Give (The Department of) Peace a Chance

The time is upon us to recognize that peace is not merely a destination, but a journey, and not merely a noun, but a verb, for we can be people of peace even in the midst of a violent world. [Read more…]

There Will Soon Be No More Priests: A Review of Occupy Spirituality

Matthew Fox’s new book “Occupy Spirituality” is at least as much about “occupying” religion in order to break it open as it is about “occupying” Wall Street in order to reveal alternatives to its assumptions. [Read more…]

Mimetic Theory and American Exceptionalism

By Suzanne Ross and Adam Ericksen The Raven Foundation So out of the entire op-ed piece published by President Putin in the New York Times on September 12, his challenge to American exceptionalism is what has everyone up in arms. At the very end of the piece, he takes exception to Obama’s assertion of our [Read More…]

Occupy Spirituality: A Video Interview with Matthew Fox

Think the Occupy Movement has come and gone? Not so, claims renowned theologian Matthew Fox, the co-author, along with activist Adam Bucko, of a new book called Occupy Spirituality: A Radical Vision for a New Generation. Occupy may have been diverted temporarily, Fox says, but the movement is still very much alive — morphing, changing, and deepening [Read More…]

St. Augustine on Syria

Christianity has concerned itself with matters of war and peace for almost its entire history. The one unifying assumption of the faith has been that war is terrible and is to be avoided assiduously. There has always been a part of Christianity that has rejected war absolutely, considering participation in it to be completely contrary [Read More…]

Mimetic Mondays: Reflections on Syria

By Adam Ericksen and Suzanne Ross As the world wrestles with how to respond to the use of chemical weapons against civilians in Syria, we thought we’d offer you some mimetic reflections on the use of violence. Mimetic theory is an anthropological theory of human violence that has theological implications. The reflections in this article are [Read More…]

Sinner and Saint: An Interview with Nadia Bolz-Weber

Pastrix, the much-anticipated spiritual memoir of one of progressive Christianity’s most talked-about and unconventional pastors, Nadia Bolz-Weber, hits the market this week from Jericho Books. The cover, featuring a gorgeous, backlit photo of a pensive Bolz-Weber baring her stunning shoulder-to-wrist spiritual tattoos, is worth the price of the book alone. But once you open the [Read More…]

Syria: Groupthink or Grouppray?

With morbid fascination, I’m watching the leaders of the United States groupthink their way into a counterproductive use of American military force.  It’s disturbing to observe otherwise intelligent and well-motivated public servants drift into a bad decision. If I’ve learned anything in my 60 years as a citizen of this country, it’s this:  I don’t [Read More…]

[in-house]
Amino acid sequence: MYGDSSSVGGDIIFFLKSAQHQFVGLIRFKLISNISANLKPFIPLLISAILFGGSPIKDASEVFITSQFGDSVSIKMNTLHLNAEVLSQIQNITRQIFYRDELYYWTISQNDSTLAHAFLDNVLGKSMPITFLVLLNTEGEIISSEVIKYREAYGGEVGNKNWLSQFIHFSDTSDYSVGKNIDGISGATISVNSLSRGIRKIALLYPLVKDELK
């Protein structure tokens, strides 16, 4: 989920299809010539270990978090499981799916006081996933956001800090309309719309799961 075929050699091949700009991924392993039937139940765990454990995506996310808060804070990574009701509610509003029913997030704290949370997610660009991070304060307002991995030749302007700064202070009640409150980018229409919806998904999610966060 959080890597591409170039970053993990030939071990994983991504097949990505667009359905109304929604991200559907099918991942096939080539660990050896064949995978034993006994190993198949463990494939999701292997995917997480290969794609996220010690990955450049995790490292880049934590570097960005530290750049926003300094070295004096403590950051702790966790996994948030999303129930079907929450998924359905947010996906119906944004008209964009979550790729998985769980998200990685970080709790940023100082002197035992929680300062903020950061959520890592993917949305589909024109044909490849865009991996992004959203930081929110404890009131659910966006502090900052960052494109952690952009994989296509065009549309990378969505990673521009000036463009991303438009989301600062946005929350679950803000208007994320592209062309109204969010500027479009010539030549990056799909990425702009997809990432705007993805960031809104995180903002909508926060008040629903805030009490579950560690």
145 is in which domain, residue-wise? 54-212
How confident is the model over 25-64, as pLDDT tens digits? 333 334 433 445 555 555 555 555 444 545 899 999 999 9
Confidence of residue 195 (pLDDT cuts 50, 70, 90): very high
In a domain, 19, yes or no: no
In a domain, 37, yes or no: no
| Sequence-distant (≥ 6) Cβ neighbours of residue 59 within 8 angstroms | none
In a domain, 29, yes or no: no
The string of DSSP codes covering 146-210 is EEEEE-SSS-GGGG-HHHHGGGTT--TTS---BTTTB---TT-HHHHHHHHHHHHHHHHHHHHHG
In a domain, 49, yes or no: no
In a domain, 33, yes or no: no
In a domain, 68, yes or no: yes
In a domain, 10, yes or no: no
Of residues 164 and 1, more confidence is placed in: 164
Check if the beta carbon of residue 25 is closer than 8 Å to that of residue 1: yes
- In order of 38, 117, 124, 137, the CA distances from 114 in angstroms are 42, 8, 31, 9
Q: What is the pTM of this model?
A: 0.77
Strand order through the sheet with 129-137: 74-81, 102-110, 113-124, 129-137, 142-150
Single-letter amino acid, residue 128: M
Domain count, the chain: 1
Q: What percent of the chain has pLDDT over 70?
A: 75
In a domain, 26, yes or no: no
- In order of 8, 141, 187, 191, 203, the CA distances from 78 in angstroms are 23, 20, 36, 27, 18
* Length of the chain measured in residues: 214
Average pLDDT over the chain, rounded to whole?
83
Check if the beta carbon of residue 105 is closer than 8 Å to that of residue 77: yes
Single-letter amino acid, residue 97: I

The Nonviolent Atonement: Brian McLaren and James Alison on Violence, God, and Mimetic Theory

[Editor’s Note: This post, by Adam Ericksen from The Raven Foundation, is the second in our new weekly series on Mimetic Theory.] I’ve been excited to tell you this ever since July…There has been much anticipated within mimetic theory circles for the conversation between Brian McLaren and James Alison and I can now tell you that it has been [Read More…]

Brian McLaren on Passing on the Faith

All month here at Patheos, we’ve been exploring the topic of Passing on the Faith to our children. How do we pass on this faith we cherish so much to our beloved children? A fantastic group of voices and perspectives from across the religious spectrum have weighed in on this important question, from Progressive Christians (Phyllis [Read More…]

Dying for a Drink

(an excerpt from SOULJOURN, my new novel)   We worked all day.  Dad and Rachel were on one team, Father Crespi and I were on another, refilling tanks, cleaning up trash around them, and placing new ones.  Five new blue flags, marking the new tanks, waved defiantly against the demon of thirst, and fluttered in [Read More…]

To Sing and Dance: Confessions of a Religious, but Not Spiritual

When I think about spiritual disciplines as something I need to do in order to be a “good” Christian, every fiber of my being rebels. But when I think about them as roadmaps, paths that a great cloud of witnesses have traversed for thousands of years before me, then there is a stirring in my soul. [Read more…]